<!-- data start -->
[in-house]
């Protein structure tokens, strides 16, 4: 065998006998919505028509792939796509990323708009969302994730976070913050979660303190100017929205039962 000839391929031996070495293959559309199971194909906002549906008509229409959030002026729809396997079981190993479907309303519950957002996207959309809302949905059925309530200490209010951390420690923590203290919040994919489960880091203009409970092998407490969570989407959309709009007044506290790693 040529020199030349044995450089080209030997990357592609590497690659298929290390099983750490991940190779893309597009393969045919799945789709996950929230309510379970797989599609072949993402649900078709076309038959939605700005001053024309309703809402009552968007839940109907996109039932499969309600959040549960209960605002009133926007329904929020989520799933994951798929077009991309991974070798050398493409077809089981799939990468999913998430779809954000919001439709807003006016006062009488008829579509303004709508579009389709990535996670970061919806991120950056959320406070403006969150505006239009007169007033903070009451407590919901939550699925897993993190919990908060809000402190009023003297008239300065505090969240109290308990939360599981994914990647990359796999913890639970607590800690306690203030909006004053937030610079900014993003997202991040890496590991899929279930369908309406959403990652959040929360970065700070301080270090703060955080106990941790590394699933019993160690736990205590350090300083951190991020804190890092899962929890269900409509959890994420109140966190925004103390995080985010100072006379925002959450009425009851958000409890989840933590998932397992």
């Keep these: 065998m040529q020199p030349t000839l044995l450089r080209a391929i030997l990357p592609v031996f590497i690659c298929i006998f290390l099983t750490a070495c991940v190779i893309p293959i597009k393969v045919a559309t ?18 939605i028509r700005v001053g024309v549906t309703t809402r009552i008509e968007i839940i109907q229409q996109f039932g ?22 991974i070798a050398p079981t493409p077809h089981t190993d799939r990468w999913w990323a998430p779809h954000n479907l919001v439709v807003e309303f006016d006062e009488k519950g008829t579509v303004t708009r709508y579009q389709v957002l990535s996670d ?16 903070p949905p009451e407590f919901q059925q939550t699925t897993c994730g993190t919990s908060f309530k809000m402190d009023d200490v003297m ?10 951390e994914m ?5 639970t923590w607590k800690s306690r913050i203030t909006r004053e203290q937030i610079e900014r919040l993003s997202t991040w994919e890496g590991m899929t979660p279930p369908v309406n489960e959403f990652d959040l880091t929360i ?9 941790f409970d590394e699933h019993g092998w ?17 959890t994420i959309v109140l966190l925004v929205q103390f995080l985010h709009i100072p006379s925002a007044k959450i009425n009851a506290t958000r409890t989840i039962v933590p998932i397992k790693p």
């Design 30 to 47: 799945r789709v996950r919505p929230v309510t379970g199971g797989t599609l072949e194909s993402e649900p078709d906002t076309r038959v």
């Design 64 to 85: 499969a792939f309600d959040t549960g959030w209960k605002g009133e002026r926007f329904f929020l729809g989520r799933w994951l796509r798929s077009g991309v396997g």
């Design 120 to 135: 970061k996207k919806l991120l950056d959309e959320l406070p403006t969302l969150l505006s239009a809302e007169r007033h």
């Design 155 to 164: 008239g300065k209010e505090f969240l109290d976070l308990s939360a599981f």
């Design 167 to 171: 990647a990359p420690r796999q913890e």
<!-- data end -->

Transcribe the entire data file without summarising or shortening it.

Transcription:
[in-house]
């Protein structure tokens, strides 16, 4: 065998006998919505028509792939796509990323708009969302994730976070913050979660303190100017929205039962 000839391929031996070495293959559309199971194909906002549906008509229409959030002026729809396997079981190993479907309303519950957002996207959309809302949905059925309530200490209010951390420690923590203290919040994919489960880091203009409970092998407490969570989407959309709009007044506290790693 040529020199030349044995450089080209030997990357592609590497690659298929290390099983750490991940190779893309597009393969045919799945789709996950929230309510379970797989599609072949993402649900078709076309038959939605700005001053024309309703809402009552968007839940109907996109039932499969309600959040549960209960605002009133926007329904929020989520799933994951798929077009991309991974070798050398493409077809089981799939990468999913998430779809954000919001439709807003006016006062009488008829579509303004709508579009389709990535996670970061919806991120950056959320406070403006969150505006239009007169007033903070009451407590919901939550699925897993993190919990908060809000402190009023003297008239300065505090969240109290308990939360599981994914990647990359796999913890639970607590800690306690203030909006004053937030610079900014993003997202991040890496590991899929279930369908309406959403990652959040929360970065700070301080270090703060955080106990941790590394699933019993160690736990205590350090300083951190991020804190890092899962929890269900409509959890994420109140966190925004103390995080985010100072006379925002959450009425009851958000409890989840933590998932397992």
């Keep these: 065998m040529q020199p030349t000839l044995l450089r080209a391929i030997l990357p592609v031996f590497i690659c298929i006998f290390l099983t750490a070495c991940v190779i893309p293959i597009k393969v045919a559309t ?18 939605i028509r700005v001053g024309v549906t309703t809402r009552i008509e968007i839940i109907q229409q996109f039932g ?22 991974i070798a050398p079981t493409p077809h089981t190993d799939r990468w999913w990323a998430p779809h954000n479907l919001v439709v807003e309303f006016d006062e009488k519950g008829t579509v303004t708009r709508y579009q389709v957002l990535s996670d ?16 903070p949905p009451e407590f919901q059925q939550t699925t897993c994730g993190t919990s908060f309530k809000m402190d009023d200490v003297m ?10 951390e994914m ?5 639970t923590w607590k800690s306690r913050i203030t909006r004053e203290q937030i610079e900014r919040l993003s997202t991040w994919e890496g590991m899929t979660p279930p369908v309406n489960e959403f990652d959040l880091t929360i ?9 941790f409970d590394e699933h019993g092998w ?17 959890t994420i959309v109140l966190l925004v929205q103390f995080l985010h709009i100072p006379s925002a007044k959450i009425n009851a506290t958000r409890t989840i039962v933590p998932i397992k790693p």
């Design 30 to 47: 799945r789709v996950r919505p929230v309510t379970g199971g797989t599609l072949e194909s993402e649900p078709d906002t076309r038959v």
């Design 64 to 85: 499969a792939f309600d959040t549960g959030w209960k605002g009133e002026r926007f329904f929020l729809g989520r799933w994951l796509r798929s077009g991309v396997g």
């Design 120 to 135: 970061k996207k919806l991120l950056d959309e959320l406070p403006t969302l969150l505006s239009a809302e007169r007033h």
């Design 155 to 164: 008239g300065k209010e505090f969240l109290d976070l308990s939360a599981f």
């Design 167 to 171: 990647a990359p420690r796999q913890e």